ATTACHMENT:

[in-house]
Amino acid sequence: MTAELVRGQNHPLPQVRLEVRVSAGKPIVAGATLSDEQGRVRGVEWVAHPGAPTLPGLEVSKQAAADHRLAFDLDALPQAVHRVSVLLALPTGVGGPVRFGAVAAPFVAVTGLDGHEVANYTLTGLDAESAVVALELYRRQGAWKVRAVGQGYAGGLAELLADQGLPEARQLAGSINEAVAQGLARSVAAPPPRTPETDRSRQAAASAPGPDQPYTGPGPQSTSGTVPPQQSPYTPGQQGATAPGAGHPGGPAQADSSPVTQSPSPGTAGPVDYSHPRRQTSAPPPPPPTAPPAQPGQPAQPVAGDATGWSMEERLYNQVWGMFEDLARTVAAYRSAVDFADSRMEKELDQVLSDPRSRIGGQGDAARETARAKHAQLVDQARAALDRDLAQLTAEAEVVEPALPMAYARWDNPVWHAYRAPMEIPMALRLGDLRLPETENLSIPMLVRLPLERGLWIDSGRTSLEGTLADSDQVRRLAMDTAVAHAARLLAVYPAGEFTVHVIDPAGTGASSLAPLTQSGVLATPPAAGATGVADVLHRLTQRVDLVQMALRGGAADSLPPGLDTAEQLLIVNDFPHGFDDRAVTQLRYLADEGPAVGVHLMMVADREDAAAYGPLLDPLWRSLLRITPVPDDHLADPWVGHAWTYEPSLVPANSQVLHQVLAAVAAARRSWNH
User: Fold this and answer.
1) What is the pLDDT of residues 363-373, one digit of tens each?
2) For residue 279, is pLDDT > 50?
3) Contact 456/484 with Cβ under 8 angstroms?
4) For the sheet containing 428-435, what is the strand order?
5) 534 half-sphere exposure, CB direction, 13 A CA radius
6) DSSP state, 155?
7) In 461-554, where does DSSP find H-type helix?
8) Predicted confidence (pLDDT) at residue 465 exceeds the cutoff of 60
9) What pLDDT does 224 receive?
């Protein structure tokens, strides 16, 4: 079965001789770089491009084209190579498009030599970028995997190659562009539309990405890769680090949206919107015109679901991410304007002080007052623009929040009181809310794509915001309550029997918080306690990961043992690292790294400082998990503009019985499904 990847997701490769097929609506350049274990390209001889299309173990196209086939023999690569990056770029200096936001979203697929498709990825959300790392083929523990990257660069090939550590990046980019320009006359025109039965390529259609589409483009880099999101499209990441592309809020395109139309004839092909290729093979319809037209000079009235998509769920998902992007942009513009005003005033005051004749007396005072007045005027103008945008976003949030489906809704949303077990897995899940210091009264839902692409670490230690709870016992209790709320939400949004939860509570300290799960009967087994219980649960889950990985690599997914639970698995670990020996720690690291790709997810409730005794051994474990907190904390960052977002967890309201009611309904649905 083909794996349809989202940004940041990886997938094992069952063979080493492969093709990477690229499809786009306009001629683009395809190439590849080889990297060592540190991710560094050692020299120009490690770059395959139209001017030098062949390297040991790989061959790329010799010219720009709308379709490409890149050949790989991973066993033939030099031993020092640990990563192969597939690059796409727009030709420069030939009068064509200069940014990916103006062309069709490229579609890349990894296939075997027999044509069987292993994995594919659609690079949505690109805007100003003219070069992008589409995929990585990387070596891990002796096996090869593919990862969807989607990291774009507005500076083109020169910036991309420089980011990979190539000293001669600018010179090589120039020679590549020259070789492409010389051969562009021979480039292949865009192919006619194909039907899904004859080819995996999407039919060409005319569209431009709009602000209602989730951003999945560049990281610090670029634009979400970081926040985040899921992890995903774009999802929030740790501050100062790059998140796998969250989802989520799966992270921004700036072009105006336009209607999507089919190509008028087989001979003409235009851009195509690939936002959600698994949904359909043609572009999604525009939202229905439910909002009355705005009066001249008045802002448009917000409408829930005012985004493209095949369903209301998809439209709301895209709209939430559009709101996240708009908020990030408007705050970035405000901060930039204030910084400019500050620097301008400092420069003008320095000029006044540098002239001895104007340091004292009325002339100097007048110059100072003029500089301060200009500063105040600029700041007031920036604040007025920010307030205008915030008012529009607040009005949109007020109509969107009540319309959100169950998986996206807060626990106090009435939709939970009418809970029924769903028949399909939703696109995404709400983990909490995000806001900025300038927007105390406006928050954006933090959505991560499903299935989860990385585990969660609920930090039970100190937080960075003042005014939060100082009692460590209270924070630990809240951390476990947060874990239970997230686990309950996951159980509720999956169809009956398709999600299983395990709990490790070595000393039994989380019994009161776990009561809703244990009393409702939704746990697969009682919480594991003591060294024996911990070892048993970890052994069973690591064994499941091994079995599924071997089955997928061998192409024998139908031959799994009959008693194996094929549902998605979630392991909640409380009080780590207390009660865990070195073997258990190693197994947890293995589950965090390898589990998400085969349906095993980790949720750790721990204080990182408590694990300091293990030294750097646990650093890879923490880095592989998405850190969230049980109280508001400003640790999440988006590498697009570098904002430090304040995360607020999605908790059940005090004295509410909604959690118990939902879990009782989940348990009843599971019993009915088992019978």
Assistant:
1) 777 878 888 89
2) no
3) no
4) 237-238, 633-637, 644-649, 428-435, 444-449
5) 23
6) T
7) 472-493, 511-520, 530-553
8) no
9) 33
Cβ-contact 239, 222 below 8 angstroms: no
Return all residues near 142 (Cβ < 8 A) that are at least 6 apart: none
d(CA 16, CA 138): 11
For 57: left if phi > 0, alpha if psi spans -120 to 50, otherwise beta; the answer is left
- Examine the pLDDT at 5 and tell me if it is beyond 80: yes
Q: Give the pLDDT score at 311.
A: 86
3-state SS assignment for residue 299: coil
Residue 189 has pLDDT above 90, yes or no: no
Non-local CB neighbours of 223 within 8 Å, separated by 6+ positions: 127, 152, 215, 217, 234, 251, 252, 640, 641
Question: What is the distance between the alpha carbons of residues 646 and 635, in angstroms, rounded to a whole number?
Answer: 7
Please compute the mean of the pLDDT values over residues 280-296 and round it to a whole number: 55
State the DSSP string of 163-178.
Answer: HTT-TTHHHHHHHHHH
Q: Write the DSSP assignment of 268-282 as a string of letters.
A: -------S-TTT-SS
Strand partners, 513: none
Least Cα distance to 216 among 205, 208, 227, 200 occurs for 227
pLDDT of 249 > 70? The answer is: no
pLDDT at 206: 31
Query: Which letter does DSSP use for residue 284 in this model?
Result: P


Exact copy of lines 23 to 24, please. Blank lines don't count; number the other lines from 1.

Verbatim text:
9) 33
Cβ-contact 239, 222 below 8 angstroms: no